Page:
The political security of the country will continue to be seriously undermined because of the corrupt values of people in government who are desperately in need of financial resources to sustain basic necessities aggravated by meager income. They will naturally succumb to temptations offered by drug lords who have huge financial resources at their disposal in return for unhampered drug activities. If this remains uncorrected, the drug lords will become even more powerful and can participate in governmental decision making or exert tremendous pressure on government officials to perform acts favorable to the drug lords but inimical to the general welfare. They can even secretly finance political parties or contribute to the campaign requirements of a candidate, such that if their favored candidate is elected, they can ask favor in relation to their activities which is sometimes difficult to turn down considering the well entrenched Filipino value of utang na loob. Drug lords can infiltrate social development initiatives of national and local governments through donations or contributions. In this way, they assimilate themselves with the people thus winning their hearts and minds conducive to exploitation.


Another area where drug lords can penetrate is the problem of insurgency and secessionism. The drug lords can finance the activities of these rebel groups to create social unrest or sow terror in order to shift government attention from the drug trade to this political problem. They can even utilize these rebel groups as agents of the trade or as instruments to encourage widespread addiction or intimidate the populace and force them to be drug clients or as protectors of their interests.


            On the other hand, the drug trade may create an imbalance resulting to inflation because of enormous profit laundered into the financial system not supported by currency or gold reserves. Criminal business becomes a leader subordinating legitimate businesses. This facilitates the transfer of ownership of productive assets into criminal hands leading to monopoly of crucial industries to a point where legitimate businessmen can no longer compete. This can lead to economic distortion because of massive pullout of capital from speculative investments. In an attempt to convert profit from the drug trade into clean financial assets to make it appear that it originated from legitimate business, other economic crimes are committed such as bank fraud, trading malpractice, tax evasion, and smuggling of raw cash across international borders, all of which can destabilize the national capital market.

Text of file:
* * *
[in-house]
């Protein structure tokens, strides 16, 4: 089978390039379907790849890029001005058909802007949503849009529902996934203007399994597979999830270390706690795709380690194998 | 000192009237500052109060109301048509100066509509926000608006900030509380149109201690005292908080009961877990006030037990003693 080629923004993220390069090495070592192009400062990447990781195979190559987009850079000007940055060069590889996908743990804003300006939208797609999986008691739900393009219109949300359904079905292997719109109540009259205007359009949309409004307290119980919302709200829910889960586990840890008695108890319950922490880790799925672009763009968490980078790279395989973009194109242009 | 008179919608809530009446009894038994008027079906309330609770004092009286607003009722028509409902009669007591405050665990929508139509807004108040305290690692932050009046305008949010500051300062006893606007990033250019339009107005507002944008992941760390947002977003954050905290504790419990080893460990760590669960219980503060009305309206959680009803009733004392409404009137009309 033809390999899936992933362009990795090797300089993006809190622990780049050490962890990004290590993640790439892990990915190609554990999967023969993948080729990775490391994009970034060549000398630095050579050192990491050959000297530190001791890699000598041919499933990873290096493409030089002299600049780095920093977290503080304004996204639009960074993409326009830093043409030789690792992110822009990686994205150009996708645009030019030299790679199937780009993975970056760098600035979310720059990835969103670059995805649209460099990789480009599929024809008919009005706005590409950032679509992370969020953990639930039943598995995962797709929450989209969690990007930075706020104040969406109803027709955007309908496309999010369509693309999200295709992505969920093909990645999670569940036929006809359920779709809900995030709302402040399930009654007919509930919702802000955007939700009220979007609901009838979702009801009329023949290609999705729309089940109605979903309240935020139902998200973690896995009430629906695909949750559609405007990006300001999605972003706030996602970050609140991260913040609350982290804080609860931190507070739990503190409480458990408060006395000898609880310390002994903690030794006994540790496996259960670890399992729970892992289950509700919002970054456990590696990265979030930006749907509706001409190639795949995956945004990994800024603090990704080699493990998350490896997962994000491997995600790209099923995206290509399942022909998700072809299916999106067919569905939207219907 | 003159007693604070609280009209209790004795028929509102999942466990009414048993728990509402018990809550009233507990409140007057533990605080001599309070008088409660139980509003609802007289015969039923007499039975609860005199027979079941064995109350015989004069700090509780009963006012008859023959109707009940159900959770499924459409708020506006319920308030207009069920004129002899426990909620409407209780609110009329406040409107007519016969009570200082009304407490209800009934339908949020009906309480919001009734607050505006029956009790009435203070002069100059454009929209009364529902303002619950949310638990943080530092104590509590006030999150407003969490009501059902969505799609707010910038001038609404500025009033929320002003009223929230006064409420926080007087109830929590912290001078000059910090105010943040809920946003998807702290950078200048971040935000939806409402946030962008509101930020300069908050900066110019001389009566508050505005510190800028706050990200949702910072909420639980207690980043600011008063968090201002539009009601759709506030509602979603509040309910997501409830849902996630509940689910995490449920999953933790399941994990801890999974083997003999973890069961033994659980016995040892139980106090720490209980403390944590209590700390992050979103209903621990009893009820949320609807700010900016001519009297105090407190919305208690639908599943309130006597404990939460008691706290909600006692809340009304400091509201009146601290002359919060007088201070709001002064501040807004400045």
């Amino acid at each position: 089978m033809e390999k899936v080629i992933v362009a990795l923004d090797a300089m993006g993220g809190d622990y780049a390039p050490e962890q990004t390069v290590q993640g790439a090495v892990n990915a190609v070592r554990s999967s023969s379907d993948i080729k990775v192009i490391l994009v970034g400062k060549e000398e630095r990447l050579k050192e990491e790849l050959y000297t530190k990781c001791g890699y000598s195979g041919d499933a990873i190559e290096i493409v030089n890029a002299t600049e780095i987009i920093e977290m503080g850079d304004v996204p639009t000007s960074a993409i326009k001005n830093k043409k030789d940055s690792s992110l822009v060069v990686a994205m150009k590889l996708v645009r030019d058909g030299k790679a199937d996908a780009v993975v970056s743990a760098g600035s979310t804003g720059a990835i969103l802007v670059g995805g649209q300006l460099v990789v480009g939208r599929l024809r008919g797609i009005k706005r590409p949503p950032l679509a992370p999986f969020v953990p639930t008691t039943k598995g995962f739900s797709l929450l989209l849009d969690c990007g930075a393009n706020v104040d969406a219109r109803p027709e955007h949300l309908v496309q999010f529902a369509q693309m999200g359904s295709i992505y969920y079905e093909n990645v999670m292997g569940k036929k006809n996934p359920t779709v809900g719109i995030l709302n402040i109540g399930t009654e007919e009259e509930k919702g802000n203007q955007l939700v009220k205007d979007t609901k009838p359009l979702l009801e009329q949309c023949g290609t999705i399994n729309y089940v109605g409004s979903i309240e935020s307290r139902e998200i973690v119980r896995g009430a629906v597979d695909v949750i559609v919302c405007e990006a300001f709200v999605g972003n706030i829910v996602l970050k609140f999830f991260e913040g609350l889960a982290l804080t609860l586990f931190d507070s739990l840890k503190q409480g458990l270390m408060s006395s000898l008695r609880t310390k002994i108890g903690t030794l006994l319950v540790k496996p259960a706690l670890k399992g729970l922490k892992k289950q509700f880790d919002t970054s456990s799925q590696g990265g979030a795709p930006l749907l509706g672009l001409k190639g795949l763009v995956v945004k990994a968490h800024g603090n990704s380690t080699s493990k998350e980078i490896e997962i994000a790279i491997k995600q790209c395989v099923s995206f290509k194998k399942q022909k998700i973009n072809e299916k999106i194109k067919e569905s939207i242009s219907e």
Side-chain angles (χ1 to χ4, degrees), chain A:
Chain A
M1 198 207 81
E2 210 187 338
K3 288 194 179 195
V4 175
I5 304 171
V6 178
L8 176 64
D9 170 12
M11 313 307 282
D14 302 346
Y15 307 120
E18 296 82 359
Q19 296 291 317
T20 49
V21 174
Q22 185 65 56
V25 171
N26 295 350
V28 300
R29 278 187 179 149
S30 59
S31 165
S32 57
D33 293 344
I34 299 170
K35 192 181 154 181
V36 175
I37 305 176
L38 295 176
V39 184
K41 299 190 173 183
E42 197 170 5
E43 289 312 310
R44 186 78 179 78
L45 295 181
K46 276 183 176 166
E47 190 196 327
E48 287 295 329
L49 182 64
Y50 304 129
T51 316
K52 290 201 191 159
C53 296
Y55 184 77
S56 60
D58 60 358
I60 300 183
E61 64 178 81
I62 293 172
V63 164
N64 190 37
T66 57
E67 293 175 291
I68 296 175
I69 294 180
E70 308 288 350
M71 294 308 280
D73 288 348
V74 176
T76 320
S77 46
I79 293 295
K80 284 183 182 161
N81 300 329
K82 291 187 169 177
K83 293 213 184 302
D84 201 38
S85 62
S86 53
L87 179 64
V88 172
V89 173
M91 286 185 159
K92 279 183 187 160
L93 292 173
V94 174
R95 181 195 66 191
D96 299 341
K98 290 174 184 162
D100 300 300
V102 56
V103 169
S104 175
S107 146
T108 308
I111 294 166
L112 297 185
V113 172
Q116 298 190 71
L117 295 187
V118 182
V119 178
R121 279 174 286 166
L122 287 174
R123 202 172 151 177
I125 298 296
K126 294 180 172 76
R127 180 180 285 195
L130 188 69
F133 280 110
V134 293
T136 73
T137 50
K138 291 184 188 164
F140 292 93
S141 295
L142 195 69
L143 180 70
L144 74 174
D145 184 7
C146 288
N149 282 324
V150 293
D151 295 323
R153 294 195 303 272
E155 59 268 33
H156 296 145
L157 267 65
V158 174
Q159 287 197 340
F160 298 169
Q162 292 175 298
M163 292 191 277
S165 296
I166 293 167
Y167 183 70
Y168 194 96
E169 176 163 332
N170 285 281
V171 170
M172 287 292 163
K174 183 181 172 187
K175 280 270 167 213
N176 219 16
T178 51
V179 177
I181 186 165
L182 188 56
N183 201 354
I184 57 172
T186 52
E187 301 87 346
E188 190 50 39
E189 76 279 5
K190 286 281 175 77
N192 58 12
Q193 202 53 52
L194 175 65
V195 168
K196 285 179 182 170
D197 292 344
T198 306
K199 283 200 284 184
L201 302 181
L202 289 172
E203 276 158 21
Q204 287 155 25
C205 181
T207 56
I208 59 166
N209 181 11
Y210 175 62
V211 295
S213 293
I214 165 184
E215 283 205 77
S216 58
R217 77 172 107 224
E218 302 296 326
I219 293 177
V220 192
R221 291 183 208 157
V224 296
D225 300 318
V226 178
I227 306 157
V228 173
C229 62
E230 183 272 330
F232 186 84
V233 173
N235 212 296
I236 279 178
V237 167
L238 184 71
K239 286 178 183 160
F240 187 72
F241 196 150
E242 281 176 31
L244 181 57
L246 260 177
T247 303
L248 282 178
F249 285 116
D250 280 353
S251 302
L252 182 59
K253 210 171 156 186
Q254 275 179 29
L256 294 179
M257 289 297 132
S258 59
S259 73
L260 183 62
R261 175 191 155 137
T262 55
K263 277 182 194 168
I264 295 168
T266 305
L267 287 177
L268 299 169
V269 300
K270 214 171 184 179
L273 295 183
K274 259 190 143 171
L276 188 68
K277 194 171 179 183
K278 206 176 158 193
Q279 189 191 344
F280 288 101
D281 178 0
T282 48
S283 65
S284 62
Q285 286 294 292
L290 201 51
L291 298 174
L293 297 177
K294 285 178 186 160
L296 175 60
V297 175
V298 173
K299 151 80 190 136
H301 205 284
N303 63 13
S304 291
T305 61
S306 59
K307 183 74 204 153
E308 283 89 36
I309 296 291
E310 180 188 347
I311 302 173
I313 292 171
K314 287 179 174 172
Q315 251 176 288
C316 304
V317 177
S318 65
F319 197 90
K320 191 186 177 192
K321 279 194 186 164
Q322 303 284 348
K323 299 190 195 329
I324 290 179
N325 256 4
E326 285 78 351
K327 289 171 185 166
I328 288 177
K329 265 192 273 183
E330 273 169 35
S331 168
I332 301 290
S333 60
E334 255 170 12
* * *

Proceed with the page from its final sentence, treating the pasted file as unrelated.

In threatening the social security of the state, drug trade takes its toll on the ordinary citizens ranging from drug addiction to other forms of criminal activities. The abuser definitely suffers short term and long term toxic effects including less productive life, drug dependence, mental, emotional and physical disorders and exposure to transmissible diseases such as AIDS, hepatitis and tuberculosis.


            The family shares the agony to include violence against family members, child abuse, rape, poverty, separation of spouses, and definitely a broken family.


            The state on the other hand will be crippled of productive work force. Law enforcement authorities will be facing increasing volume of crimes from the most petty to the most bizarre. The Dangerous Drugs Board states that 75% of the crimes committed are attributable to drugs[22]. Apart from this is the responsibility of the government in rehabilitating drug addicts so that they will be assets when they return to society.






      The drug problem can be addressed through the following:


1.                   Inclusion of dangerous drugs and related subjects  as part of the regular curriculum of schools. This is a more down to earth solution to the problem founded on the idea that a person with strong character and determination will say no to drugs even in the face of all temptations. This will allow him to build up his will power and make him realize that only he and he alone can eliminate the drug habit and that he no longer needs to rely on drugs to enjoy the happy life he craves for.


2.                   Parental intervention based on the fact that parents exercise primary responsibility  in preventing their children from being hooked on drugs. Appropriate sanctions should be institutionalized and imposed on parents who fail to effectively exercise this primary responsibility.


3.         Devolution of the anti-drug campaign program of the government to the local government units. The mayors and barangay chairmen will lead their local policemen and barangay tanods, respectively, in clearing their territorial jurisdictions from the menace of dangerous drugs. This is very effective because monitoring of activities of their constituents can be undertaken. Thus, drug users and pushers including big time suppliers can be easily identified and the necessary remedies can be effected within their levels. National agencies with drug functions will act as monitoring agencies and exercise administrative control and supervision over the anti-drug campaign of local governments with power to recommend and impose administrative sanctions against local chief executives who fail to eradicate dangerous drug activities in their area.